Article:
4. Wheel-entrapment and slip hazard on new east-side rail installations.  New track installation on NE martin Luther King Jr. Boulevard and NE Grand Avenues presents bicycle traffic with a risk of wheel-entrapment and slip.

  • Temporary signs warning of track hazard should be placed during construction at any point where new rail installation begins in the pavement.
  • Permanent signs warning of track hazard should be placed where bike routes cross the alignment, where the tracks change lanes, or where the tracks turn on or off of the street.

Due to the urgent nature of these requests, we ask that action be taken immediately, and follow-up or questions be directed to us in a timely manner.  Please do not hesitate to contact us if more information or follow-up is needed.

Thank you for your time and your prompt response,

Amos Hunter

Steve Bozzone

Ted Buehler

Alexis Grant

Alicia Crain

Active Right of Way Streetcar Safety Working Group
info@activerightofway.org

http://www.activerightofway.org/

  1. peejay says:

    Any engineering solution that consists entirely of a warning sign is unacceptable. This points to a failure of infrastructure design, since the best design encourages (and anticipates) the most predictable behavior. It seems that most of your solutions are warning signs. While this may be the only possible solution at this time based on budget constraints, WHY WAS THE STREETCAR BUILT THIS WAY TO BEGIN WITH? Where was the consulting during the design phase? Or were considerations of tourists — the chief customers of the streetcar — so important that the needs of other road users not considered?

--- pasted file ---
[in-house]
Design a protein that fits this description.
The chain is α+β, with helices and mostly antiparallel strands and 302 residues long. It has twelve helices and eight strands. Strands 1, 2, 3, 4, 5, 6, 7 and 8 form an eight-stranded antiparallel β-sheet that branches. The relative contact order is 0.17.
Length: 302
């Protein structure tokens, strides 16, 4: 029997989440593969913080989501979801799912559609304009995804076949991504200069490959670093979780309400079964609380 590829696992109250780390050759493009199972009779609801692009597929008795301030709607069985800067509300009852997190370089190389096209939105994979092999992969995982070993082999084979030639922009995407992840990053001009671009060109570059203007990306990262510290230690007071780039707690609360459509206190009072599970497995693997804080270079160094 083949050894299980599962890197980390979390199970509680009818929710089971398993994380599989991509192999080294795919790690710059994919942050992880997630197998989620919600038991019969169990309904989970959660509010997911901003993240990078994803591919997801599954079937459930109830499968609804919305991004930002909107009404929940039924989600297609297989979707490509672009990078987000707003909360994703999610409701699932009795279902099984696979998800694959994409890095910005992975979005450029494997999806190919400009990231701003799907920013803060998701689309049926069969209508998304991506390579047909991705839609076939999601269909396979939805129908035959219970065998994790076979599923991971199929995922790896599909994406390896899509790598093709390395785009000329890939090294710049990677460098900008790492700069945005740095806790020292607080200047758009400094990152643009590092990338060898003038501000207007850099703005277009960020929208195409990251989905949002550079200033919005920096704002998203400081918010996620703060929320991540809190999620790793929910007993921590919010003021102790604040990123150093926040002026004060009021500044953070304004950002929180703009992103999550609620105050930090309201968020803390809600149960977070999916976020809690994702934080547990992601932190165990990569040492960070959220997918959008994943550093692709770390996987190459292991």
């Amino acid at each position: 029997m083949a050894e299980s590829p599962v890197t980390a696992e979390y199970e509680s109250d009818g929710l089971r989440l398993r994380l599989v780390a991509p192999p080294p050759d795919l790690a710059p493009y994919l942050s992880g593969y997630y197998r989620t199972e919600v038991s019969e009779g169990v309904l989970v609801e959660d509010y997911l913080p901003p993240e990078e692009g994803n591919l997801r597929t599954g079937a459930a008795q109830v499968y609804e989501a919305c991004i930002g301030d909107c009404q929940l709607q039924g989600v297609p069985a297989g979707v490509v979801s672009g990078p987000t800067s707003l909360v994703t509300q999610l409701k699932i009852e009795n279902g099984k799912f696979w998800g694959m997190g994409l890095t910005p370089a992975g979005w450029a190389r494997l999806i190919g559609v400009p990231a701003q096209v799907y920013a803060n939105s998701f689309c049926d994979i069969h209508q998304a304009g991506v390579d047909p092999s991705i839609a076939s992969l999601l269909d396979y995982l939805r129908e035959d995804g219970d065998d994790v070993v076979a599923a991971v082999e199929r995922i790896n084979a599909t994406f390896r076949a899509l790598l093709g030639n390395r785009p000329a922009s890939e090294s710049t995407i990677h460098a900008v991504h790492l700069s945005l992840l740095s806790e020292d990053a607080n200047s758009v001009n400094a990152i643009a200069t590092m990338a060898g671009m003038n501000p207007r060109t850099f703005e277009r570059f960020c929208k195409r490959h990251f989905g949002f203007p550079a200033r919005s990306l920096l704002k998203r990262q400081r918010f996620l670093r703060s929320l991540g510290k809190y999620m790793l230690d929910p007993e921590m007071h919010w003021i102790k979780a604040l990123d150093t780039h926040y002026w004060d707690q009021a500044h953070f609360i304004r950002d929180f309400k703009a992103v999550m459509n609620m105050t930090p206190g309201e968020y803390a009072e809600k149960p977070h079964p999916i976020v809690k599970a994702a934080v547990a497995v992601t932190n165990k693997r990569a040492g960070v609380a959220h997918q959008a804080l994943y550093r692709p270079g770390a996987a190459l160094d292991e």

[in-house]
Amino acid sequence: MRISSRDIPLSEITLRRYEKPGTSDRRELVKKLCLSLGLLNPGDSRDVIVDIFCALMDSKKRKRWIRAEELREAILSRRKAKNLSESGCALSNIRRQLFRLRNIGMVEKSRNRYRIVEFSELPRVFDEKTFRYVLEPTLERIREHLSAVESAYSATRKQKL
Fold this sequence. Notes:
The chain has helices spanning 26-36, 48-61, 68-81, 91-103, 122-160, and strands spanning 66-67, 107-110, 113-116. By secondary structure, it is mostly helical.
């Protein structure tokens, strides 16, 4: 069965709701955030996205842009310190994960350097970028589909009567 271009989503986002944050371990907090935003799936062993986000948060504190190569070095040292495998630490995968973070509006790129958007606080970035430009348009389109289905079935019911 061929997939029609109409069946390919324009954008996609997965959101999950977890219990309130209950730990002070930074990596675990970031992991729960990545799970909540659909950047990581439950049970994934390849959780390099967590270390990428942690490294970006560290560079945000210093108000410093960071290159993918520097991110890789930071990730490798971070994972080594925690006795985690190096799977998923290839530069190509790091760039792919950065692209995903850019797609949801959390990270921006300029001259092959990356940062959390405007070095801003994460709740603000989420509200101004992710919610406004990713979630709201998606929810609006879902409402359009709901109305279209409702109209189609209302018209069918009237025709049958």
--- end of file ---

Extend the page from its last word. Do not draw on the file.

• Amos says:

      Peejay, this list is for immediate resolve (if only temporary) of issues. Our complete list which we will share shortly will address design issues in a more comprehensive way.

    • Seth Alford says:

      peejay asks, “WHY WAS THE STREETCAR BUILT THIS WAY TO BEGIN WITH?”

      A better question: Why was the streetcar built at all?

      Tracks are fundamentally hostile to bicyclists. Don’t think so? The City itself thinks that’s the case. Otherwise why post this sign on SW 11th: http://www.flickr.com/photos/49622638@N00/5008310686/

      The OHSU study on bicycle commuters also called out tracks as a hazard: “Poor roadway surface conditions were a factor in 40 (21%) traumatic events and 10 (20%) serious traumatic events: tracks on the road, loose gravel, and steel plates were cited most often.”

      I remember SW 10th and SW 11th before the streetcar. It was much easier to ride then than it is now. The streetcar should not have been built. It should not be expanded. That includes the planned extension to Lake Oswego. Furthermore, the existing streetcar lines should be converted to trolley buses, and the existing tracks ripped out or paved over.

  2. Josh Gold says:

    I already crashed last week when my wheel caught in the new street car tracks on Martin Luther King. I’m glad the truck behind me was not following close, otherwise I may have been run over.

    I road MLK again today and used the far left lane to avoid the tracks. I’m not sure if that was best or if I should be using one of the middle lanes. But seeing as eventually I needed to turn left, I chose to ride in the far left lane. I hope that drivers will understand that I am taking the left lane to avoid the tracks.

  3. two-wheels says:

    The proper solution would be to educate cyclists on how to navigate over tracks (hint: the more of an angle between your wheel and the track, the better). Cyclists can not expect others to share the streets, or have things like bike lanes and bike boxes, then complain about streetcars. Learn how to approach rails on two wheels and then ride accordingly. Each and every person is responsible for their own ride — don’t expect someone else to resolve every issue for you, ride defensively.

    • Steve says:

      Thanks for your sharing your experience. Personal responsibility and experience are important factors in preventing crashes, but we firmly believe these things can be prevented at the design level.

      To be clear, we are not “complain[ing] about streetcars”, we are bringing our concerns to the city to demonstrate how things can be fixed to provide a safer environment for cyclists of all levels.